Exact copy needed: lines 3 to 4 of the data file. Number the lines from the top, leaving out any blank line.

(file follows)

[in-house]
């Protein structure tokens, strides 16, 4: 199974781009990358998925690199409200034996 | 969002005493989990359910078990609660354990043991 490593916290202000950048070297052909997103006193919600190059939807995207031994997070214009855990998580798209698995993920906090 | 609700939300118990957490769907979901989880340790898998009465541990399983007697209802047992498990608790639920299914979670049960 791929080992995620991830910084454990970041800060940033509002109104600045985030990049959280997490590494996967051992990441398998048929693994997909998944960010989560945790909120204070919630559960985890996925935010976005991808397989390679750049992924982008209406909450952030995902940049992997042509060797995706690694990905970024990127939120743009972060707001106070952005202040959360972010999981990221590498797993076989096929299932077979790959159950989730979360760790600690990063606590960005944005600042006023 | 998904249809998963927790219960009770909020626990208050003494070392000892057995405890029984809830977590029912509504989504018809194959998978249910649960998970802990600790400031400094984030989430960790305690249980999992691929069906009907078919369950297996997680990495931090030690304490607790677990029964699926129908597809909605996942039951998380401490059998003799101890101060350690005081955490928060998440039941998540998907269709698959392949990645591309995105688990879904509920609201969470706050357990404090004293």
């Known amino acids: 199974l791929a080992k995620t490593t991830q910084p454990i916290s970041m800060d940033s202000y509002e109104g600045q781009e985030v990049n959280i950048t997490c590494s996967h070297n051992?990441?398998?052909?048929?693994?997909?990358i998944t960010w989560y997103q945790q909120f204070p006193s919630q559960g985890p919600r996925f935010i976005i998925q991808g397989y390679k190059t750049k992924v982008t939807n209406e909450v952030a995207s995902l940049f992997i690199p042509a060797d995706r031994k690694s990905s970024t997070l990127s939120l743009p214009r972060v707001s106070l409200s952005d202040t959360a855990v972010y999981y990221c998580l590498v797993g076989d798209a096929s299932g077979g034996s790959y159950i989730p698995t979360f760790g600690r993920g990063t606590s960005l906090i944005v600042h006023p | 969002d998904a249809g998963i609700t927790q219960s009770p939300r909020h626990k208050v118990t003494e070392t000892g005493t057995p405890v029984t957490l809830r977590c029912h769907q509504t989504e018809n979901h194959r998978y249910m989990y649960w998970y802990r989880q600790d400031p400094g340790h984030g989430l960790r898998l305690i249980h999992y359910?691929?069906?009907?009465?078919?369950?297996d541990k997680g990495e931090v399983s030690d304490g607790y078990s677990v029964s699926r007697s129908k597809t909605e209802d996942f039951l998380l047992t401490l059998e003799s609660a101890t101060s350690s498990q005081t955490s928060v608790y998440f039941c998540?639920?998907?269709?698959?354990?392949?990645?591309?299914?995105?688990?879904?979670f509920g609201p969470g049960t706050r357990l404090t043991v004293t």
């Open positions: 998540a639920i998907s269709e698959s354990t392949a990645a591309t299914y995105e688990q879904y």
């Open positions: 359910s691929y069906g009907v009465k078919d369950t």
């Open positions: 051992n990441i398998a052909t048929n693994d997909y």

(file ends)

């Known amino acids: 199974l791929a080992k995620t490593t991830q910084p454990i916290s970041m800060d940033s202000y509002e109104g600045q781009e985030v990049n959280i950048t997490c590494s996967h070297n051992?990441?398998?052909?048929?693994?997909?990358i998944t960010w989560y997103q945790q909120f204070p006193s919630q559960g985890p919600r996925f935010i976005i998925q991808g397989y390679k190059t750049k992924v982008t939807n209406e909450v952030a995207s995902l940049f992997i690199p042509a060797d995706r031994k690694s990905s970024t997070l990127s939120l743009p214009r972060v707001s106070l409200s952005d202040t959360a855990v972010y999981y990221c998580l590498v797993g076989d798209a096929s299932g077979g034996s790959y159950i989730p698995t979360f760790g600690r993920g990063t606590s960005l906090i944005v600042h006023p | 969002d998904a249809g998963i609700t927790q219960s009770p939300r909020h626990k208050v118990t003494e070392t000892g005493t057995p405890v029984t957490l809830r977590c029912h769907q509504t989504e018809n979901h194959r998978y249910m989990y649960w998970y802990r989880q600790d400031p400094g340790h984030g989430l960790r898998l305690i249980h999992y359910?691929?069906?009907?009465?078919?369950?297996d541990k997680g990495e931090v399983s030690d304490g607790y078990s677990v029964s699926r007697s129908k597809t909605e209802d996942f039951l998380l047992t401490l059998e003799s609660a101890t101060s350690s498990q005081t955490s928060v608790y998440f039941c998540?639920?998907?269709?698959?354990?392949?990645?591309?299914?995105?688990?879904?979670f509920g609201p969470g049960t706050r357990l404090t043991v004293t």
């Open positions: 998540a639920i998907s269709e698959s354990t392949a990645a591309t299914y995105e688990q879904y």